Kittleman and other officials issued a statement urging people to patronize the reopened businesses while respecting the work that remains to be done.

"The best way to show your support is to patronize those businesses that have already opened their doors," said a joint statement from Kittleman, Howard County Councilman Jon Weinstein, Del. Robert Flanagan and state Sen. Gail Bates.

"We will reserve celebrating our resilience for a time later this year when we can be joined by others who are still recovering," they wrote.

In recent weeks, the county gradually reopened parts of Main Street and more businesses have opened their doors. The bridge over the Patapsco reopened to traffic in mid-September, but cars coming over from Baltimore County were immediately diverted off Main Street.

Weinstein, a Democrat who represents the area, said he hoped there eventually would be a bigger cause for celebration when more businesses are up and running. Some stores are moving to new locations, and a few don't plan to return, he said.

Still, Weinstein noted that Saturday farmers' markets still are being held and holiday events, including a tree-lighting and "midnight madness" shopping event, are in the works.

"We want people to come. We are open for business again," Weinstein said. "We're working hard to get Ellicott City back."

Many have raised concerns that increasing development in the area — with more rooftops and paved surfaces — could be making low-lying Main Street vulnerable to flooding. Weinstein proposed a nine-month moratorium on new development in the area, but the Howard County Council voted Wednesday to table the bill until November.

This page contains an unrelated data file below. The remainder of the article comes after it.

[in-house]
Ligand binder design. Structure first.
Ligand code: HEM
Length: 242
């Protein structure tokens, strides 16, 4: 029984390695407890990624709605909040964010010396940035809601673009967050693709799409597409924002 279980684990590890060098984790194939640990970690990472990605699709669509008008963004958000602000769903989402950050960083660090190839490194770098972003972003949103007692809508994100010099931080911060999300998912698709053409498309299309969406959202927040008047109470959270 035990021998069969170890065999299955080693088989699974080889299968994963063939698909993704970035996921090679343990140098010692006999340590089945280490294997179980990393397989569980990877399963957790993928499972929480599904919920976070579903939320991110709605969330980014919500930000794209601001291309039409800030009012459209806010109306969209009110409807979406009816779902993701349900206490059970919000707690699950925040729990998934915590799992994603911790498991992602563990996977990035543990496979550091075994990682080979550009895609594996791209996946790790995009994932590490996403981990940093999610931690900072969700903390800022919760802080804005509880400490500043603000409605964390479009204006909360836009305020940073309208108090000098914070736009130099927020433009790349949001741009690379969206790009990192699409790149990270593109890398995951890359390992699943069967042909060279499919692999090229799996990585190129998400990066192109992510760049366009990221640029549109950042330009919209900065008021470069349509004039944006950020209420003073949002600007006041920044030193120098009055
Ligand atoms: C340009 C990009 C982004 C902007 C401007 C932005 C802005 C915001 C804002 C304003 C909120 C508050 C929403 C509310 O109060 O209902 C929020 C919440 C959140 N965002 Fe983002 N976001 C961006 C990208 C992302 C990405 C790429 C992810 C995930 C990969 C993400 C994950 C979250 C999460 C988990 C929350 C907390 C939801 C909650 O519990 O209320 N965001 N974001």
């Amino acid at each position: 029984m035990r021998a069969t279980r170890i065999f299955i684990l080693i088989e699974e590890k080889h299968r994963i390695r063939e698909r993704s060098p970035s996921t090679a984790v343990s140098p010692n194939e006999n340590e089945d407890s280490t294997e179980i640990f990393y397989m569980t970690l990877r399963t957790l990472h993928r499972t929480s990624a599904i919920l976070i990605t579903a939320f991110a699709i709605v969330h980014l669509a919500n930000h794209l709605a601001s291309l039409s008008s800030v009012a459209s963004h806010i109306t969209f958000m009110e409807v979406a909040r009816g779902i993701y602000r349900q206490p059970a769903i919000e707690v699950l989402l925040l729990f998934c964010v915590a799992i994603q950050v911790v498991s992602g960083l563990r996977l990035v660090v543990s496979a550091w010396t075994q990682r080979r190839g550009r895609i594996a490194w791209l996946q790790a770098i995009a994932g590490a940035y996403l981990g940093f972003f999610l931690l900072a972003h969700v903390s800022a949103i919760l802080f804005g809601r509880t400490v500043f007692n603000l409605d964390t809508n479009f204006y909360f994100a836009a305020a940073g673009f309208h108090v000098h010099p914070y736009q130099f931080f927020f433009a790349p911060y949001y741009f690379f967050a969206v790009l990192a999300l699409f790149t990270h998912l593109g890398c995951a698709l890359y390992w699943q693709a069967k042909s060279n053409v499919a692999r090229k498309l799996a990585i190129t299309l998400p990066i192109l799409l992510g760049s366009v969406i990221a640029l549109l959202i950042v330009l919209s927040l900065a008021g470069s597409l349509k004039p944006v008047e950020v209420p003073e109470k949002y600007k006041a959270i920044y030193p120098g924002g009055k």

Weinstein said he's also considering other rules for development in the area, such as requiring projects to control greater amounts of rainwater and making it more difficult for developers to receive waivers from those requirements.

On Thursday, though, concerns about prevention of future flooding took a back seat to the current recovery.

Lisa Emmerling was optimistic that traffic would help boost business at the Antique Depot, where she sells items from three stalls. The store is just off Main Street on Maryland Avenue — out of sight for many visitors. The shop reopened Sept. 2 after repairs to the basement.

"It's been slow," she said.

She's eager for other shops to reopen — many others nearby remain boarded up — but she's confident Main Street will rebound.

"We feel like we're really coming back and we have faith," Emmerling said. "We've had three hurricanes, two fires and a train derailment. But we keep coming back."

Filiz McNamara, who lives nearby in Oella, was teaching an art class at a studio on Main Street on the night of the flooding. She returned Thursday, relieved to be able to walk the street again.

"It felt amazing," she said. "No bars, no fences."

Baltimore Sun Media Group reporters Andrew Michaels and Fatimah Waseem contributed to this article.